December 31, 2022 [Hellenic Shipping News] – Freeport LNG said on Friday it was again delaying the restart of its long-shut liquefied natural gas (LNG) export plant in Texas, this time from the end of the year to the second half of January, pending regulatory approval.
Since the plant shut in June, the closely-held company has already extended its restart targets several times from October to November, then to December and then to the end of the year.
Freeport said in a statement “the reconstruction work necessary to commence initial operations is substantially complete.”
The company also said it was submitting responses to the last remaining questions included in the U.S. Federal Energy Regulatory Commission’s (FERC) Dec. 12 data request.
FERC along with the U.S. Department of Transportation’s Pipeline and Hazardous Materials Safety Administration (PHMSA) have to approve before Freeport can return to service.
“Given the time needed for the regulatory agencies to review the company’s responses and to seek any necessary clarification, Freeport LNG now does not anticipate commencing the initial restart of its liquefaction facility until the second half of January 2023,” it said.
U.S. LNG exports have steadily increased for years, and that supply has become crucial to European buyers since Russia has mostly cut off the continent’s gas supply in response to sanctions placed on Moscow after its invasion of Ukraine.
The Freeport shutdown added to the squeeze on global gas caused by Russia’s war. It helped boost prices in Europe TRNLTTFMc1 and Asia JKMc1 to record highs over the summer, while capping gains in U.S. futures NGc1 by leaving more fuel in the United States for domestic use.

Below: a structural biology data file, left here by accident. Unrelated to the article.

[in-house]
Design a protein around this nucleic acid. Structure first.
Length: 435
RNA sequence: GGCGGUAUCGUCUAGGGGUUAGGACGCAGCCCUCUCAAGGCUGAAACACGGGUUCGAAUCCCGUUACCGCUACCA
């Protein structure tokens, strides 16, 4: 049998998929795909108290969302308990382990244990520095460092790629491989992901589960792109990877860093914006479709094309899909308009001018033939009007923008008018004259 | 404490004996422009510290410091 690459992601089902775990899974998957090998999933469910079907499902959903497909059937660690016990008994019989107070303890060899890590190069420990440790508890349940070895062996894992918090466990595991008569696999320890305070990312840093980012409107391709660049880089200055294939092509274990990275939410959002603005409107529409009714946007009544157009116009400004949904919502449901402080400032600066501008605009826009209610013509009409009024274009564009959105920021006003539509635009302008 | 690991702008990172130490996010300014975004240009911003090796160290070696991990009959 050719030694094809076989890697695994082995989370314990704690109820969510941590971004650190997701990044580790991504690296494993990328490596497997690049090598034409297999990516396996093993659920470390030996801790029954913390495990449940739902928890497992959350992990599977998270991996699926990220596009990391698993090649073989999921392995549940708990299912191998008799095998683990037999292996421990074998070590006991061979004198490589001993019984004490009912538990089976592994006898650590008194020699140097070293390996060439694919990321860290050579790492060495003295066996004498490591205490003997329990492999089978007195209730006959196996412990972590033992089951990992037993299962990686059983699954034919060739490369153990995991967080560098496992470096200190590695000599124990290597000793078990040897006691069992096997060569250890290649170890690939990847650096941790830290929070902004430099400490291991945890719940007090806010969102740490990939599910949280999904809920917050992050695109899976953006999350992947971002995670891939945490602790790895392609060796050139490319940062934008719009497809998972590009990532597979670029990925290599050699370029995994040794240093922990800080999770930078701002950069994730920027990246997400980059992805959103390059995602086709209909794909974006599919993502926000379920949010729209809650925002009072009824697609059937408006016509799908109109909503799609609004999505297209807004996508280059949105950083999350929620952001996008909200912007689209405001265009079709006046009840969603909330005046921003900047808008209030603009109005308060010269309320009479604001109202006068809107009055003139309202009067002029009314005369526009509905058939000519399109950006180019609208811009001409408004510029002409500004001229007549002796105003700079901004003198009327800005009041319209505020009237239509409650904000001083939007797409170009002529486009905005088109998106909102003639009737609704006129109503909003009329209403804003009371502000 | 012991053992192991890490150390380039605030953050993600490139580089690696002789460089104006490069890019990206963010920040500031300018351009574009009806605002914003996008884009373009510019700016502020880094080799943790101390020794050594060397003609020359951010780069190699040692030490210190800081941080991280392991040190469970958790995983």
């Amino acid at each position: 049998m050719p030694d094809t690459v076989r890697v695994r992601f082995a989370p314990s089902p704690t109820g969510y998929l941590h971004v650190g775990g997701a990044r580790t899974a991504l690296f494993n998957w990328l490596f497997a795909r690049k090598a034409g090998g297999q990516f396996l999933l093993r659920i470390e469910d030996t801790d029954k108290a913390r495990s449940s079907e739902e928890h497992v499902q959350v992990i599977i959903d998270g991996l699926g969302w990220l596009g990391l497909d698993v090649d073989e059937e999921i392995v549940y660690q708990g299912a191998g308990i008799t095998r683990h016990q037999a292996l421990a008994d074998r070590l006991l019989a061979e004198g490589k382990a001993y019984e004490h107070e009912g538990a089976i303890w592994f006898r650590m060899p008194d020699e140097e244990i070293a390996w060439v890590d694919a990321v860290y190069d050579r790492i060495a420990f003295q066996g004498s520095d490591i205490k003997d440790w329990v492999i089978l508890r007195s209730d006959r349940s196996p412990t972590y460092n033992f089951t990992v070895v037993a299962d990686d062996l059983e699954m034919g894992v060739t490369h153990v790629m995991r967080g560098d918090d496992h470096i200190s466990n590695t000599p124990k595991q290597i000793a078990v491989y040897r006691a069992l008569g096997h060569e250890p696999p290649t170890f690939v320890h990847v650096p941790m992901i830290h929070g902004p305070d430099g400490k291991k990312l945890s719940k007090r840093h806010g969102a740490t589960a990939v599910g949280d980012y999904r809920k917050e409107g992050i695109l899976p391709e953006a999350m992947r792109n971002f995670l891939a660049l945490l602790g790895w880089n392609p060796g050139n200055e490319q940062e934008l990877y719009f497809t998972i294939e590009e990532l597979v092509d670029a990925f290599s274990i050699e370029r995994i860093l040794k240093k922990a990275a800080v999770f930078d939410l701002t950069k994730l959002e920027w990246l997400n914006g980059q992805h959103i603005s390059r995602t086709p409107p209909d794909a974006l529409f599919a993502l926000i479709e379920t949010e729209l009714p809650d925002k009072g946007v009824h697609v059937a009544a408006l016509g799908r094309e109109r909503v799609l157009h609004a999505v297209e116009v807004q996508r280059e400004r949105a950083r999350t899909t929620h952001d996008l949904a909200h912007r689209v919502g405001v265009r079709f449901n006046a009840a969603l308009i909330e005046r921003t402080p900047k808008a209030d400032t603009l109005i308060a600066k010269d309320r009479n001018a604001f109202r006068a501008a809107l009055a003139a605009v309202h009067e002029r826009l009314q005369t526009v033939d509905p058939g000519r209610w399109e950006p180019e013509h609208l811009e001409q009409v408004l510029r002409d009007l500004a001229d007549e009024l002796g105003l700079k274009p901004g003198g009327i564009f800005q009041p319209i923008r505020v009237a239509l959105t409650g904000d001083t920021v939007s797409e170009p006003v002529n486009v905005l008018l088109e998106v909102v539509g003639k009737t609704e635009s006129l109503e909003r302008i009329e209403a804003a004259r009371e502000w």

Freeport shut on June 8 after an explosion due to inadequate operating and testing procedures, and human error and fatigue, according to a report by consultants hired to review the incident and suggest action.
Small amounts of gas started to flow to Freeport this week for the first time since August, according to data provider Refinitiv.
A source familiar with the matter said Freeport was using the gas to maintain a flare system.
Whenever Freeport returns, U.S. demand for gas will jump. It can turn about 2.1 bcfd of gas into LNG for export, which is about 2% of U.S. daily production.
The company did not say in its latest statement when it expects the plant to return to full power. In the past, Freeport said the plant was expected to reach full power in March 2023.
The lengthy delays have forced big customers including JERA and Osaka Gas9532.T to book hundreds of millions of dollars of losses. Its other big offtakers include BP BP.L, TotalEnergies TTEF.PA and SK E&S.
A couple of vessels have been waiting in the Gulf of Mexico to pick up LNG from Freeport since at early November, while several other ships were expected to reach the plant in late December and January.
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